Android phones require a Google account when you set it up in order to use the phone, play store etc etc and that's the account I'm talking about. Go to your settings, then under accounts it should say the email address your phone is set up to use as default. If the email address is @gmail.com then device manager should be working, but if its @googlemail.com then you'll need to change the ending to @gmail.com instead. Posted via Android Central App
i've a similar problem and cannot get through to google (.. if you have any advice on that, too, it's welcome). I bought two tablets and one doesn't appear in the list of devices that can be located
Now .. I turned on Location, Location reporting .. any kind of authorization .. nothing. The device is reported in play store list, i can perform remote installation, its details are correct but simply it doesn't appear on the locator.
With strong algorythm encrypted containers mounted r/w as local folder in Android with EDS (€ 4 or 5,-.). Set to auto-dismount period unused, etc. Containers interchangeble and compatible to use with Windows/Linux/OS X. Also just folders and files can be encrypted off course. And smb-support.but have not tried that.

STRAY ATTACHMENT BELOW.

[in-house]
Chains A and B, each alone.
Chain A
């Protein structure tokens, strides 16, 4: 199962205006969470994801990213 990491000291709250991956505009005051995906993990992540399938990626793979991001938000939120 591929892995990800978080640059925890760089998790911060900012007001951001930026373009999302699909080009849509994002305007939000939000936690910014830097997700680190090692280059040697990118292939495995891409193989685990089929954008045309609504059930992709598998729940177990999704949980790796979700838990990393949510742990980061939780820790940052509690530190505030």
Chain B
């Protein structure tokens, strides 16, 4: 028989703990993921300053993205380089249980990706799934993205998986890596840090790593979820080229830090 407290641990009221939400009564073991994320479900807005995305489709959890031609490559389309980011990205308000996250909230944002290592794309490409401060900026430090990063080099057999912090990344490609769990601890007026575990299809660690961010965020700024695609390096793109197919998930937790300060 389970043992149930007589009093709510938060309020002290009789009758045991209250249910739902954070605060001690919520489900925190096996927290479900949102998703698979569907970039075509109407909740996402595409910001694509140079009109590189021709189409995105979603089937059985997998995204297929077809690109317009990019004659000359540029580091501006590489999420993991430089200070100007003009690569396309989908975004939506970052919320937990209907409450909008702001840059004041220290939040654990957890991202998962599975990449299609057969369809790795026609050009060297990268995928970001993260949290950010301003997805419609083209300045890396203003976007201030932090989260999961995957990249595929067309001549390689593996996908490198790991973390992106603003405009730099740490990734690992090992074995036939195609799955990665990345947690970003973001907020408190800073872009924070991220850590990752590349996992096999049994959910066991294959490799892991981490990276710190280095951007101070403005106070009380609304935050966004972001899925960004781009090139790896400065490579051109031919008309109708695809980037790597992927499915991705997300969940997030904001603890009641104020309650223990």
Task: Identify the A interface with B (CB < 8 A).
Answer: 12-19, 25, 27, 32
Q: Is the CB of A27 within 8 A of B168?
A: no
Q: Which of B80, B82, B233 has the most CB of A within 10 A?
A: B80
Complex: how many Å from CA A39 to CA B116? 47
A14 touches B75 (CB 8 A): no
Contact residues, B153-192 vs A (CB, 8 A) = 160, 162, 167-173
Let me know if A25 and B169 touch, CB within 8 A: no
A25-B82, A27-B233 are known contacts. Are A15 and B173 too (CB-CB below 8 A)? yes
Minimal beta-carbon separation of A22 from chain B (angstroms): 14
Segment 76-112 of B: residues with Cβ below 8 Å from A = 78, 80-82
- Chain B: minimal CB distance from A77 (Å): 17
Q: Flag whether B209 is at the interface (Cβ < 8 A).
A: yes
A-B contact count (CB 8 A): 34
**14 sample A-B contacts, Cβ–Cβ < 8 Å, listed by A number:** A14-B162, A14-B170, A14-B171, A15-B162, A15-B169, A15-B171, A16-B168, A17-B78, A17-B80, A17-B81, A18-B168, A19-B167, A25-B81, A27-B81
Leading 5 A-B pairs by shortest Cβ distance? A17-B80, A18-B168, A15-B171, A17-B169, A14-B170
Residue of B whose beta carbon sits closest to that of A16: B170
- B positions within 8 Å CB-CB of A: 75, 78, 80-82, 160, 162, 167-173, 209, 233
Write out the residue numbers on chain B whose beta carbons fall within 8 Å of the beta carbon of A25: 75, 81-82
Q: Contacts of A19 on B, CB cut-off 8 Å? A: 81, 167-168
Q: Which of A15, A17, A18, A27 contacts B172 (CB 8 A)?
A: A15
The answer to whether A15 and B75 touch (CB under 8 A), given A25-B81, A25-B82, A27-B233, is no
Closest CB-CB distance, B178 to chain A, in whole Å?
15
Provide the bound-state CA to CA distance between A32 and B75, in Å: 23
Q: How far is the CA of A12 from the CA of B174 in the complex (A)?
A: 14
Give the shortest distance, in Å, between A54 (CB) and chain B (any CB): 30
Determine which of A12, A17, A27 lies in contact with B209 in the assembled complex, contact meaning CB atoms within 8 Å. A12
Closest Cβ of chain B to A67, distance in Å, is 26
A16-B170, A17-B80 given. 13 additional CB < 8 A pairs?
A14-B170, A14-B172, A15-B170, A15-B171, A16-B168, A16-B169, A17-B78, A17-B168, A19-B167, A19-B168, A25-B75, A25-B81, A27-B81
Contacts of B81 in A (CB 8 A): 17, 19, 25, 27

Some private cloudfiles and folders with Boxcryptor Classic (Free). (Not other version, is for companies with key saved on Boxcrypto-server instead of own memory, because sharing keys among lot of employees is unmanageble). With Boxcryptor Cl. local folder/file encryption possible too. One can also open and use containers in cloud with EDS.
A very east way to encrypt files might be 7-zip a file with aes-256 encryption. For instance with Zarchiver or Arc File Manager in Android and 7zip on PC.
Posted via Android Central App
2) Automatically lock is set to some extended period of time (e.g. 10 minutes). Result:
Log into ADM on web browser, send LOCK command and set new PIN.
Phone appears to lock, screen changes and message is displayed.
Press the "back" button on phone.
It's now unlocked.
Booyah. tested on Moto X.